USAG Yongsan Chaplains Chaplain (Lt. Col.) Jeffrey D. Hawkins:, 738-3009 Chaplain (Maj.) Terry E. Jarvis:, 738-4043 USAG-Humphreys Chaplains Chaplain (Maj.) John Chun: 754-7274 Chaplain (Maj.) Michael Frailey 754-7274 USAG-Red Cloud Chaplains Chaplain (Lt. Col.) Suk Jong Lee:, 732-6169 Chaplain (Maj.) Alfred Grondski:, 732-6016 USAG Daegu Chaplains Chaplain (Maj.) James Drake:, 764-5455 Chaplain (Capt.) Mike Jones:, 765-8991




September 3, 2010



Dol-Harubang is the symbol of Jeju island, which is often seen at the entrance of villages to protect the people, undeterred by the light dusting of snow. photo by Lee Sae-mi

Almost a White Christmas...

Well, how about a white first week of the new year? Daegu got its 2012 christening of snow Jan. 4 and as always the initial dusting brings with it a reminder that winter is upon us - and gets photographers out looking for just the right shots. While it wasnt much, it was enough to highlight Dol-Harubang and a lonely dove as well.

This dove is at peace and all puffed up to ward off the cold. Photo by Lee Sae-Mi

The first snow of the year just was enough to cover this picnic table. Photo by Park

A closer look at the Stone Grand Father who stoically waits to greet Camp Henry visitors after the first snow of the year, Jan.4. US Army photo by Park Min-Jin

Cars create snow patterns in a Camp Henry parking lot Jan. 4. US Army photo by Park. Min-Jin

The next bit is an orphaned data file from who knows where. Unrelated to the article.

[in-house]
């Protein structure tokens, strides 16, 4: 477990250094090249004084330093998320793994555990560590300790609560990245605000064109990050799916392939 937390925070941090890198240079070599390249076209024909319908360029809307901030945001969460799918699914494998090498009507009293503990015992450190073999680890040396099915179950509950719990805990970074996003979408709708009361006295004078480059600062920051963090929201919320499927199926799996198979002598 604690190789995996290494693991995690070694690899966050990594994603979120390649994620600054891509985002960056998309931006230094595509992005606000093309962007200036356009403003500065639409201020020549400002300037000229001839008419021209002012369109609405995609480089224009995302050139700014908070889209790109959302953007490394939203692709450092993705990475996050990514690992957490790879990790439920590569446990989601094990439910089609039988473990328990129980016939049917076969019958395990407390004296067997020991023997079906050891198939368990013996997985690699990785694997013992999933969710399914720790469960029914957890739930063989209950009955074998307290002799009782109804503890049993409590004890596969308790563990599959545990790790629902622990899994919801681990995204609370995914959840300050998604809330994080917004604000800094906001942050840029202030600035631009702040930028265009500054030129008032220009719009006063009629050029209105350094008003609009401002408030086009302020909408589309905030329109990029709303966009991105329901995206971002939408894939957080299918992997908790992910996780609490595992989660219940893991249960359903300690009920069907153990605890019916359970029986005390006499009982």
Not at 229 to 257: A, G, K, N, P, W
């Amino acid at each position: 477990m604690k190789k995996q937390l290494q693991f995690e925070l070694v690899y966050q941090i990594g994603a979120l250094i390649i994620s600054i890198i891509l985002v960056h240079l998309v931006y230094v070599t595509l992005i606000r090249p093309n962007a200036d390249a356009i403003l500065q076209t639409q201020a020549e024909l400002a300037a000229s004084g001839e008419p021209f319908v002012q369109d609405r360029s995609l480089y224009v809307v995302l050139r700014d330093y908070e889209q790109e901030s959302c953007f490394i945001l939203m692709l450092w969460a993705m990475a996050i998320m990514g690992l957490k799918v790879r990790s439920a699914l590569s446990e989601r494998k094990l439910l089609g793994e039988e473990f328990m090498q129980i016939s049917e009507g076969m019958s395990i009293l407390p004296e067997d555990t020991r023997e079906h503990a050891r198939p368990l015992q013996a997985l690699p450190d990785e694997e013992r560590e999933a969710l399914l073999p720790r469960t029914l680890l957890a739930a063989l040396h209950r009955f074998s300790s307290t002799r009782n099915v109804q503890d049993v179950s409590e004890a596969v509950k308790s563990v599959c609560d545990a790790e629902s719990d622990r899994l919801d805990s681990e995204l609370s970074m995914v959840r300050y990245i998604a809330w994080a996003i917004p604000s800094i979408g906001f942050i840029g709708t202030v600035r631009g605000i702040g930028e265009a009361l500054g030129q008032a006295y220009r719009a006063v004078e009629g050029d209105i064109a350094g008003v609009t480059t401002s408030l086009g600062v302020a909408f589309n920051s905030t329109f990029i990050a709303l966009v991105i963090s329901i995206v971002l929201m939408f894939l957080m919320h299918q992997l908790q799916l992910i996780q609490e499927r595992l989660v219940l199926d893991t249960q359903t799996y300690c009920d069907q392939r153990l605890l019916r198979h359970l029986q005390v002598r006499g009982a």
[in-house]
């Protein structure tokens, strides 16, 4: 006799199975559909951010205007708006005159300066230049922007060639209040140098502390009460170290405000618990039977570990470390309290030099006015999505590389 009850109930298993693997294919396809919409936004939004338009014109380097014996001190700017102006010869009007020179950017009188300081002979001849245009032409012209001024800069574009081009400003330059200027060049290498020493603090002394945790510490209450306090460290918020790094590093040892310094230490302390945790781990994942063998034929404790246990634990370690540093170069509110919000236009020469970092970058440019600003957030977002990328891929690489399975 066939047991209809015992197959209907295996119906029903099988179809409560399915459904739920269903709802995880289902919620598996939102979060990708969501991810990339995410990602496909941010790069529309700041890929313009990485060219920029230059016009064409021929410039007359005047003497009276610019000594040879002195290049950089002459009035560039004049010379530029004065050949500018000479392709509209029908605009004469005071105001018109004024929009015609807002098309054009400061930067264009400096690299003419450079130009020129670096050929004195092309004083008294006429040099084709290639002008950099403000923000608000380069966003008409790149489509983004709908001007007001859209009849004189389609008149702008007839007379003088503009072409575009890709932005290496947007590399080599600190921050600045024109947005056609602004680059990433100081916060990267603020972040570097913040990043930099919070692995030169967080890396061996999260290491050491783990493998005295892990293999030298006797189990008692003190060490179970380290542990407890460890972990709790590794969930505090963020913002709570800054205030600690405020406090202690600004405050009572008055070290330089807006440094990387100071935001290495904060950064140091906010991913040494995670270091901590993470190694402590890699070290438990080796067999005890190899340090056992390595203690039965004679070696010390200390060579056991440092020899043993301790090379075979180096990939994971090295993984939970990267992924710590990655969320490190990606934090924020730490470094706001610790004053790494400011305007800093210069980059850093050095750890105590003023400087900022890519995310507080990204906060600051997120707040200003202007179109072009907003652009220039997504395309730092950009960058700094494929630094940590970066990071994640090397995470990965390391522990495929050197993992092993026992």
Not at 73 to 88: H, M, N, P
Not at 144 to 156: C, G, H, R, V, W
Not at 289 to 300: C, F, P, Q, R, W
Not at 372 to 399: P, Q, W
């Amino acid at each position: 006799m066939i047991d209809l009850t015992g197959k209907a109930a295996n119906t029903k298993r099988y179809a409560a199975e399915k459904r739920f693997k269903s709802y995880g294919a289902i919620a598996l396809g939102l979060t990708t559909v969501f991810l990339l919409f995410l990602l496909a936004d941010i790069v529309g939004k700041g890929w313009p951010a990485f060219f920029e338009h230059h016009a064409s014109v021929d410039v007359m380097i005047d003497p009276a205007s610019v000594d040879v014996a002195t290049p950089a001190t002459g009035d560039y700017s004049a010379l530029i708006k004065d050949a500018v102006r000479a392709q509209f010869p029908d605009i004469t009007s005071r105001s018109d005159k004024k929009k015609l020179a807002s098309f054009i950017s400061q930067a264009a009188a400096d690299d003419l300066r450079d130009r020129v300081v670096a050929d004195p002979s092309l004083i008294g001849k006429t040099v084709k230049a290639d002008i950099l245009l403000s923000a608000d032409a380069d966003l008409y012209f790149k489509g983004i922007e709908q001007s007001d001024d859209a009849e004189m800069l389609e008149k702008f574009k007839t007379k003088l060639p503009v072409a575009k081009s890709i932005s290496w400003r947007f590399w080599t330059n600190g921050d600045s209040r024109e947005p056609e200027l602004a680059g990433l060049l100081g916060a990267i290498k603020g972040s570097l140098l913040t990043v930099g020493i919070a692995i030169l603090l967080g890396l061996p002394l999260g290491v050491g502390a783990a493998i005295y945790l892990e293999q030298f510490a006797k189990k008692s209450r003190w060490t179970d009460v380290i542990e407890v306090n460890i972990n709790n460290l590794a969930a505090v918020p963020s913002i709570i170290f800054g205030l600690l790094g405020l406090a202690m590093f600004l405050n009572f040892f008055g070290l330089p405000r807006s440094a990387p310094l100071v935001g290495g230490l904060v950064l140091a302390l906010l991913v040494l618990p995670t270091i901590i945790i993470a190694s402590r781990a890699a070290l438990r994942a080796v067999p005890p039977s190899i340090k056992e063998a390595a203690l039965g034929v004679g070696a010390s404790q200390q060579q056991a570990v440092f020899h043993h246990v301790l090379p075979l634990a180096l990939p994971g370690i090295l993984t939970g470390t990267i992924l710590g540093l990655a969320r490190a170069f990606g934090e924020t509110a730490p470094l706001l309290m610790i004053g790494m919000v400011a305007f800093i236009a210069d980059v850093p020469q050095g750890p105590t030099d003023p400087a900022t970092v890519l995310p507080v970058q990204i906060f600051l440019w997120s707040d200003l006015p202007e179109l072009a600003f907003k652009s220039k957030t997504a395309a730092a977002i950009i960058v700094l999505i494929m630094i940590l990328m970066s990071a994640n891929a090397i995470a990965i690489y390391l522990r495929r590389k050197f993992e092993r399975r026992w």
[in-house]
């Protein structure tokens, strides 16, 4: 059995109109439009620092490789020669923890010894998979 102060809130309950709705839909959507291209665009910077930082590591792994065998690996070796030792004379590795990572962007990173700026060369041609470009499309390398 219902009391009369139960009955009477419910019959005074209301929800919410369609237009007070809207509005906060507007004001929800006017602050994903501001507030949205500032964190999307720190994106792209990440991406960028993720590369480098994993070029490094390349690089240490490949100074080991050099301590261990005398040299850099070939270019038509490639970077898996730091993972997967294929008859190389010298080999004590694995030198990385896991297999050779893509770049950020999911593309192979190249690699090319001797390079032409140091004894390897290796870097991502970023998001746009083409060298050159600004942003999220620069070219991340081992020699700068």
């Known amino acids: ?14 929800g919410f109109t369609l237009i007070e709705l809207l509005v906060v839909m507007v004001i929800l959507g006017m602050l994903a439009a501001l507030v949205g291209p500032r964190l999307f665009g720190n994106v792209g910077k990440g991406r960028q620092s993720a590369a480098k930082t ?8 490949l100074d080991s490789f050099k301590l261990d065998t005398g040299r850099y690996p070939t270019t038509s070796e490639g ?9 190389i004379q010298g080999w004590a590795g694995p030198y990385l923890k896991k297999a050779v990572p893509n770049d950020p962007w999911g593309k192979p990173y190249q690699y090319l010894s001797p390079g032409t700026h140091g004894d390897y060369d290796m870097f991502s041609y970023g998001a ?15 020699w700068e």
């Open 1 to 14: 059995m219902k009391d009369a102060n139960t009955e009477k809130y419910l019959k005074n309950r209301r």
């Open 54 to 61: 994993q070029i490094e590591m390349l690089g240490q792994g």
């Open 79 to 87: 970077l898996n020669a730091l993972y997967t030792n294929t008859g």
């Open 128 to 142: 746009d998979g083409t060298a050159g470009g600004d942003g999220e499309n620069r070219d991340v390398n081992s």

JANUARY 13, 2012




JANUARY 13, 2012



Humphreys hosts geography bee

American School students given opportunity to display their new-found knowledge
By W. Wayne Marlow
CAMP HUMPHREYS The locale was the Humphreys American School cafeteria, but the subject stretched around the world. Ten Humphreys American School students in grades four through eight participated in a geography bee Jan. 9, sharing their knowledge of states, countries, rivers, and gulfs. Each grade had two representatives who had won classroom competitions. After a few intense rounds, seventh-grader Nathaniel Battle emerged as the champion, with fifthgrader Jace Patsel the runner-up. United States Army Garrison-Humphreys Commander, Col. Joseph P. Moore, asked the questions. The early rounds consisted of every contestant being asked one question apiece. Two missed questions eliminated a participant. That format stayed until only Battle and Patsel remained. For the final round, the two contestants were asked the same three questions, writing their answer on a piece of paper with clipboard. Both students correctly answered Gulf of Mexico on the first question. But on the next question about which Asian nation consists of approximately 7,100 islands, Battle correctly wrote Philippines,

Humphreys American school students in grades four through eight participate a geography bee in the school cafeteria. From left are Prescott Farris, Sante Devera-Waden, Jace Patsel, Lenningrad Generoso, and Sydney Munoz. USAG Humphreys Garrison Commander, Col. Joseph P. Moore, asked the questions. U.S. Army photo by W. Wayne Marlow

y mom made me study all day. There was no Xbox. - Nathaniel Battle Geography bee winner
while Patsel answered Indonesia. When neither student correctly guessed Mali as the country where Timbuktu is, Battle had won the bee. Patsel displayed exemplary sportsmanship by immediately shaking Battles hand and accentuating it with a chest bump. Battle said mandatory study sessions at home helped him win. My mom made me study all day, he said. There was no Xbox or 360. Im kind of glad she made me. I really didnt think I was going to win. There are a lot of smart kids here. Patsel said maternal influence impacted him as well. Every single day, I would be on and my mom made me study an atlas. Other participants were Savannah Hoagland, Prescott Farris, Sante Devera-Waden, Lenningrad Generoso, Sydney Munoz, Naya Johnson, Aerial Rouse, and Hunter Herring. x